South Carolina's Medicaid program ended the 2013 fiscal year with a $384 million surplus, state director Tony Keck told lawmakers on Wednesday.
The surplus was a far cry from 2011, when the agency had a mid-year deficit of $228 million.
Keck said a variety of factors led to the surplus, including:
- • More people on Medicaid are using generic drugs instead of name brand drugs
- • Hospital inpatient discharges have decreased
- • Electronic health record costs were lower than expected
- • Medicare premium increases were less than expected
The surplus means the agency had $369 million in its reserve account.
"We use some of that (reserve money) to fund one time costs within the agency," Keck told lawmakers. "We don’t want that reserve to grow too big. There are other uses for it y’all have throughout the state."
South Carolina's Medicaid program provides health insurance for the poor and disabled. As of June 30, 2013, the program had more than 1 million people enrolled.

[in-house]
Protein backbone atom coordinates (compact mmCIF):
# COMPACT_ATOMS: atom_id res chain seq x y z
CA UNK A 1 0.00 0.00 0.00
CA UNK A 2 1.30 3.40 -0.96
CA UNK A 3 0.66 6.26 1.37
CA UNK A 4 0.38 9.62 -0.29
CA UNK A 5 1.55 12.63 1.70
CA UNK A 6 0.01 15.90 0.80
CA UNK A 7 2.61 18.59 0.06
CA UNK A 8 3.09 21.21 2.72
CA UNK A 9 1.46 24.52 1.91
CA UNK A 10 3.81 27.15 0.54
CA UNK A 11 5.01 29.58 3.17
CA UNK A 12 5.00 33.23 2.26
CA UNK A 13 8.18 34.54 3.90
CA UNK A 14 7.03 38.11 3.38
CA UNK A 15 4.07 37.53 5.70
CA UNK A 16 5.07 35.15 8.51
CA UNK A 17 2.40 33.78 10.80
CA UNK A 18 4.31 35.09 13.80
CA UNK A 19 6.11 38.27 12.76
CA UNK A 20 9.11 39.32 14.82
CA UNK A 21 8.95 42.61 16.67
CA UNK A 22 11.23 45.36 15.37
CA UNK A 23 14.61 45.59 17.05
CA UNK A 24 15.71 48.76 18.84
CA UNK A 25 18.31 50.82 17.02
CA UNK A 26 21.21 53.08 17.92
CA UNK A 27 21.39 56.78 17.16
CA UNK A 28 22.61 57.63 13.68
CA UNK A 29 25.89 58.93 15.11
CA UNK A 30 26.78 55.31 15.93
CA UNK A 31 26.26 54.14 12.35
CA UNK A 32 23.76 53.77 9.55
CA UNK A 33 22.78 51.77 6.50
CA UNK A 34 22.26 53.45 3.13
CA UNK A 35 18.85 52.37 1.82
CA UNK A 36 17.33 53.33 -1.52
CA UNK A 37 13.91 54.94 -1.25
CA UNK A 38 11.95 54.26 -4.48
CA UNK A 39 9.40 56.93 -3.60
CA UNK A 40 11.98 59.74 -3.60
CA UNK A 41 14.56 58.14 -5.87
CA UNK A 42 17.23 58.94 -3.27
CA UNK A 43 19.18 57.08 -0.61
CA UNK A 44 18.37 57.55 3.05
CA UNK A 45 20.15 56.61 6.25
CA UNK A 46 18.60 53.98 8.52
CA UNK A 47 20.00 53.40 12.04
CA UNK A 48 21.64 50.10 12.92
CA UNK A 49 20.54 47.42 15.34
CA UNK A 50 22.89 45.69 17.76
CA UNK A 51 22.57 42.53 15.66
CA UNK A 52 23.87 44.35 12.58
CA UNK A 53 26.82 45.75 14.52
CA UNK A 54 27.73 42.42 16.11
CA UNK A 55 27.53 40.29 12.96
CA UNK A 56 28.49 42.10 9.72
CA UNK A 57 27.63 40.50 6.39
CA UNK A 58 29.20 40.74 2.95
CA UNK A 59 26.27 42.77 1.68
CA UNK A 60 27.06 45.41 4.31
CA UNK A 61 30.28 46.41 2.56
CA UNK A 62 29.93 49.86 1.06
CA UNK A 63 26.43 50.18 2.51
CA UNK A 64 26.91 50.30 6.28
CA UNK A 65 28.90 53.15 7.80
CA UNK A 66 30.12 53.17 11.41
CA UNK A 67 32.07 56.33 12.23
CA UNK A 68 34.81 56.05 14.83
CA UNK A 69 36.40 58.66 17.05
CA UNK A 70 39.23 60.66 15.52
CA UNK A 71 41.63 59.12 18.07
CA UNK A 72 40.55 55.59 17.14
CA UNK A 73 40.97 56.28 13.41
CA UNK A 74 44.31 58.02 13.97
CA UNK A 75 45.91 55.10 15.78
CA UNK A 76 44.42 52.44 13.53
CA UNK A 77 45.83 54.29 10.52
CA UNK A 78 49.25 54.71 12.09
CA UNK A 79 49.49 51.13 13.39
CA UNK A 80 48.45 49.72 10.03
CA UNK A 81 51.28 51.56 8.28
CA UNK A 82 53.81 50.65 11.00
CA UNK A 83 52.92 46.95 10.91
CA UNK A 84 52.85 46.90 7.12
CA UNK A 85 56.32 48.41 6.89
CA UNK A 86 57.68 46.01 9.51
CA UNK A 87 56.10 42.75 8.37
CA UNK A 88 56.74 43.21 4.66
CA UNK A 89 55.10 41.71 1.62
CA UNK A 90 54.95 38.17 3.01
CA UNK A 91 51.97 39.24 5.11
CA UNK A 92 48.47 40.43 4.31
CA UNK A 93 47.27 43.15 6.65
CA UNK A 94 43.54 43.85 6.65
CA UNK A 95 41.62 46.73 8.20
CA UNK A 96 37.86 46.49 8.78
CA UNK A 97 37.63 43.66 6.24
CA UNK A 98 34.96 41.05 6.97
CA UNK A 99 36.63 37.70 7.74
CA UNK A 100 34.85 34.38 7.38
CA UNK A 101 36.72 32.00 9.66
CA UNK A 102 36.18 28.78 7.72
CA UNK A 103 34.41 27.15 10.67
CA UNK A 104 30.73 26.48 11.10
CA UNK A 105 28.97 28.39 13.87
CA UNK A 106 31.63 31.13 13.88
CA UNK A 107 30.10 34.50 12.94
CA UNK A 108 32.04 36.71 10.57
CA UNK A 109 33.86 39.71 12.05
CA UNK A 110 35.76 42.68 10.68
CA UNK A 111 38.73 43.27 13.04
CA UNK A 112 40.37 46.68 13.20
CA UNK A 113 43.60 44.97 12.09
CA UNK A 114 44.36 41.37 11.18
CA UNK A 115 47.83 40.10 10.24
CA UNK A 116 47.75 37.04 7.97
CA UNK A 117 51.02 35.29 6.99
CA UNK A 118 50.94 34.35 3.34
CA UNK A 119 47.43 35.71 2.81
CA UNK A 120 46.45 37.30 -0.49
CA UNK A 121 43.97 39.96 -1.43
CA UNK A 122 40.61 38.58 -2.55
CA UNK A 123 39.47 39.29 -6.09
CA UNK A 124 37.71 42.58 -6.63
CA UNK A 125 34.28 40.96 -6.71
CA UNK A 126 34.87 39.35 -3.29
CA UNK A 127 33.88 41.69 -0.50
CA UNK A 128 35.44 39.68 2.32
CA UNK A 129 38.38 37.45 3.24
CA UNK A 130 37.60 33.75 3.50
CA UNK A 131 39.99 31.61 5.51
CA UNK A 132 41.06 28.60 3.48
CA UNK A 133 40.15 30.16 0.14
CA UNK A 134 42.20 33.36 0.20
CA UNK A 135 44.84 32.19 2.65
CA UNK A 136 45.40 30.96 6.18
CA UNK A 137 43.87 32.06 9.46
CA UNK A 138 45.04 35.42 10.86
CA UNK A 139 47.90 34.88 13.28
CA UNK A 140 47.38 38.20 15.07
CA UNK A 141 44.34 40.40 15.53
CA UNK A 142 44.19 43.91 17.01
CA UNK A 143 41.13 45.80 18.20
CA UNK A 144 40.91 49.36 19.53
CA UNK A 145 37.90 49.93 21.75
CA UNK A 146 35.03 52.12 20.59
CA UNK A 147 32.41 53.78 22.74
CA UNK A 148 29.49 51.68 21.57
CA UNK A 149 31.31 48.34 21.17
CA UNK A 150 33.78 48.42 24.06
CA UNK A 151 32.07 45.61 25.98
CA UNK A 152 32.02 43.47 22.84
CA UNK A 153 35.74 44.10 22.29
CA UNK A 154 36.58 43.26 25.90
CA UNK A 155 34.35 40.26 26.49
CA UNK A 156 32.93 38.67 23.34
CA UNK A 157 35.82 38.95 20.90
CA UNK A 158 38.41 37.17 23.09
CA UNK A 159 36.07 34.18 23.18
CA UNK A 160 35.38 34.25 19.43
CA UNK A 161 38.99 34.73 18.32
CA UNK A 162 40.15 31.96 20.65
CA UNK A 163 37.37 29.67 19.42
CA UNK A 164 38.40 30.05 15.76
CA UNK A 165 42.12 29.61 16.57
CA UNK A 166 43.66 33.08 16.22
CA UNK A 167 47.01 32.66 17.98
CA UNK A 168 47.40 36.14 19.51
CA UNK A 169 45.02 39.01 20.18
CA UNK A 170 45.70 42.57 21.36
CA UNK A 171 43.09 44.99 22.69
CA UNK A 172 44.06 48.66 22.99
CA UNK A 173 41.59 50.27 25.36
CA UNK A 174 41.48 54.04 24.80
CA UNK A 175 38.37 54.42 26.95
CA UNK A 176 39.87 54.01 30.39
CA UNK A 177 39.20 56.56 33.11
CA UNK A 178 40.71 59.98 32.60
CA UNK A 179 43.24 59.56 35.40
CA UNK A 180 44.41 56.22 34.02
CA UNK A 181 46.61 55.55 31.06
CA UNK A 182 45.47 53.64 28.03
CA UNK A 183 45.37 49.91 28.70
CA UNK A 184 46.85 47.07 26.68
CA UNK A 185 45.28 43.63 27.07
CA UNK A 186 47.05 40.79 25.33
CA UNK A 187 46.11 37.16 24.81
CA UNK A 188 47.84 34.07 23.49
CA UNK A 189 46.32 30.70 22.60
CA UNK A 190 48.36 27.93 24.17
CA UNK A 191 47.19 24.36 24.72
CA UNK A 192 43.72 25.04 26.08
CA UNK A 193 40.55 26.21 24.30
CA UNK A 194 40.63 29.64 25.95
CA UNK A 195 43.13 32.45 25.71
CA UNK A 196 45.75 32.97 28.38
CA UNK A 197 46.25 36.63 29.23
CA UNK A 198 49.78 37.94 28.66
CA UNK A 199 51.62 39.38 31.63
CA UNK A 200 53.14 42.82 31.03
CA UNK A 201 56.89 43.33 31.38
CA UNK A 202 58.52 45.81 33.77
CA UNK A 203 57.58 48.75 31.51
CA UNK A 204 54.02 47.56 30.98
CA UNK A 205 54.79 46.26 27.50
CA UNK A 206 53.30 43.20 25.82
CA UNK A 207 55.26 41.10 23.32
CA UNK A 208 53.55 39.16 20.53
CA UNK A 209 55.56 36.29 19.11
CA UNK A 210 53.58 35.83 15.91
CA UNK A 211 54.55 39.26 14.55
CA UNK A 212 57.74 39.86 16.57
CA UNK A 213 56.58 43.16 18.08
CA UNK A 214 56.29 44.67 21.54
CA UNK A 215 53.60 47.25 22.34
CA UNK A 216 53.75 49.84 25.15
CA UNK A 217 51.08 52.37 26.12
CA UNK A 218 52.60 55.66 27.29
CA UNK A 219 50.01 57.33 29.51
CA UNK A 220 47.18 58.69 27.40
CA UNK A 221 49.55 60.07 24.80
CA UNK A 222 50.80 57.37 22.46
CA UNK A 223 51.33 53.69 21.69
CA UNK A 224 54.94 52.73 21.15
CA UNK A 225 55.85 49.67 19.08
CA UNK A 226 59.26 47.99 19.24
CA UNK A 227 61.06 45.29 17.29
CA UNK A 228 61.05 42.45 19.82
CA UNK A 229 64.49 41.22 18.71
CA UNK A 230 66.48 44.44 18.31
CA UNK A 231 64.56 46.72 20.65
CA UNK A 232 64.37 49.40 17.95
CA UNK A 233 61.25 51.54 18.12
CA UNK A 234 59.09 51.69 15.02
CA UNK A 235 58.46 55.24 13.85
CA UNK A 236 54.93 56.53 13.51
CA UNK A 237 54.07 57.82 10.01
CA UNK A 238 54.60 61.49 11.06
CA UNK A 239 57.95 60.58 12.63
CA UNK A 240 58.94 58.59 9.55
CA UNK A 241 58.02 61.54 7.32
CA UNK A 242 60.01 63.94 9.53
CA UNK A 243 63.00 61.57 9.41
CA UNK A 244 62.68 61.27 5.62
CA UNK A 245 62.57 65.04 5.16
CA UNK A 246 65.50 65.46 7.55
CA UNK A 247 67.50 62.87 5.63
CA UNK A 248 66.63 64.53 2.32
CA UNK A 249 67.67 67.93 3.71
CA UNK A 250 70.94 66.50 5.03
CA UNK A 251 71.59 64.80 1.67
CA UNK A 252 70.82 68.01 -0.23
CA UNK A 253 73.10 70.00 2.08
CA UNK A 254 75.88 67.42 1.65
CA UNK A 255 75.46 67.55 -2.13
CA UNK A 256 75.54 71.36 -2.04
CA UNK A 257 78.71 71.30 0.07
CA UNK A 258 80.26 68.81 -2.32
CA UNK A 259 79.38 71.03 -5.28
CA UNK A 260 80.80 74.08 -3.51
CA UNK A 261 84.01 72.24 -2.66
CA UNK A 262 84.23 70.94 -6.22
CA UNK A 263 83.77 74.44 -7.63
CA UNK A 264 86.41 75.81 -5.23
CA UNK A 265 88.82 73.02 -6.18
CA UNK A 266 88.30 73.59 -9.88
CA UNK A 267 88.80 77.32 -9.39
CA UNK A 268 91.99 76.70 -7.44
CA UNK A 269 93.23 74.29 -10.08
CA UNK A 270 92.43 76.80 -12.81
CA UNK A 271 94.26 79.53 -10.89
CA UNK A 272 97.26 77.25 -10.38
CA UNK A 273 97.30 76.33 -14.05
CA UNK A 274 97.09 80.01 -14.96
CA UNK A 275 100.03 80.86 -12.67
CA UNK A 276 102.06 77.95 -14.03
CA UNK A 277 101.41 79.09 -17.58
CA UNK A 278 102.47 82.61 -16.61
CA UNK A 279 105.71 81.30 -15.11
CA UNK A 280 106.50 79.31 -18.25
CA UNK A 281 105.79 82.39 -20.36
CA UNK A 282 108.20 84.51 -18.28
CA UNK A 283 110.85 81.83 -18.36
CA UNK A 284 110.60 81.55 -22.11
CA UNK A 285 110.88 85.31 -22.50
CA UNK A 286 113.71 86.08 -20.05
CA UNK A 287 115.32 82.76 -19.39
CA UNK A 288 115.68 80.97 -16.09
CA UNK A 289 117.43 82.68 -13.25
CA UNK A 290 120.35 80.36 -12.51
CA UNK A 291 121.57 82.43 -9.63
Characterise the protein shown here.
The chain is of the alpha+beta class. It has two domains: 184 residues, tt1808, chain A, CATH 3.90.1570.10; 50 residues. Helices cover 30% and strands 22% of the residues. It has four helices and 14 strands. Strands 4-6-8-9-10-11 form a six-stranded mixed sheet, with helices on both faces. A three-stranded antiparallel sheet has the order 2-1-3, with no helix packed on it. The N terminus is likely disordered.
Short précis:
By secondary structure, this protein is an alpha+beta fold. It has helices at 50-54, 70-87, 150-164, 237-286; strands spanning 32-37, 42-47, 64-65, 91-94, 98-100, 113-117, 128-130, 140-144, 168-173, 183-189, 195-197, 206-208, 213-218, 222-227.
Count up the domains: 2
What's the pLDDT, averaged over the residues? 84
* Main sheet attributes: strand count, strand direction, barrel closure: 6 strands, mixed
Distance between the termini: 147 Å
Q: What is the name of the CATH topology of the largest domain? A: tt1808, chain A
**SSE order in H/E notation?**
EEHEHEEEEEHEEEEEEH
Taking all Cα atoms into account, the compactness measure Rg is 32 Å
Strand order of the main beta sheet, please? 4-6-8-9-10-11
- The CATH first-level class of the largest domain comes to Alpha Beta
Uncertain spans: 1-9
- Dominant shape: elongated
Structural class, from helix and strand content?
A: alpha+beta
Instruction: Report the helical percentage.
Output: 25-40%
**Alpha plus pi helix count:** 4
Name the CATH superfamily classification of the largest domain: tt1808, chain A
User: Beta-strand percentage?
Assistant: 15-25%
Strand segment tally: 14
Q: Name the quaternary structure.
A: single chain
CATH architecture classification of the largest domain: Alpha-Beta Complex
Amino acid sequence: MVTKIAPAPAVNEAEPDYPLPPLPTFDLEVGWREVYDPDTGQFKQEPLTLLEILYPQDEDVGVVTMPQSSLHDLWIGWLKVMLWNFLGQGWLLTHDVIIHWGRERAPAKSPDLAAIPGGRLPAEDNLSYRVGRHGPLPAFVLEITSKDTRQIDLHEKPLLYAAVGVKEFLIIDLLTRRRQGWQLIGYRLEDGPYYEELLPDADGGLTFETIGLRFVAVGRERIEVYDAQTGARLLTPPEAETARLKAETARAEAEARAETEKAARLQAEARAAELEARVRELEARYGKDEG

Democrats want South Carolina to expand its Medicaid program to cover more people, as allowed by the federal Affordable Care Act. But the state's Republican-controlled legislature has refused to expand the program, arguing it would cost the state too much money in the long run.
Despite that, South Carolina's Medicaid program is growing rapidly, records show. Medicaid applications in South Carolina increased 8.2 percent in December 2013 from the previous year, while January's applications were up 2.9 percent.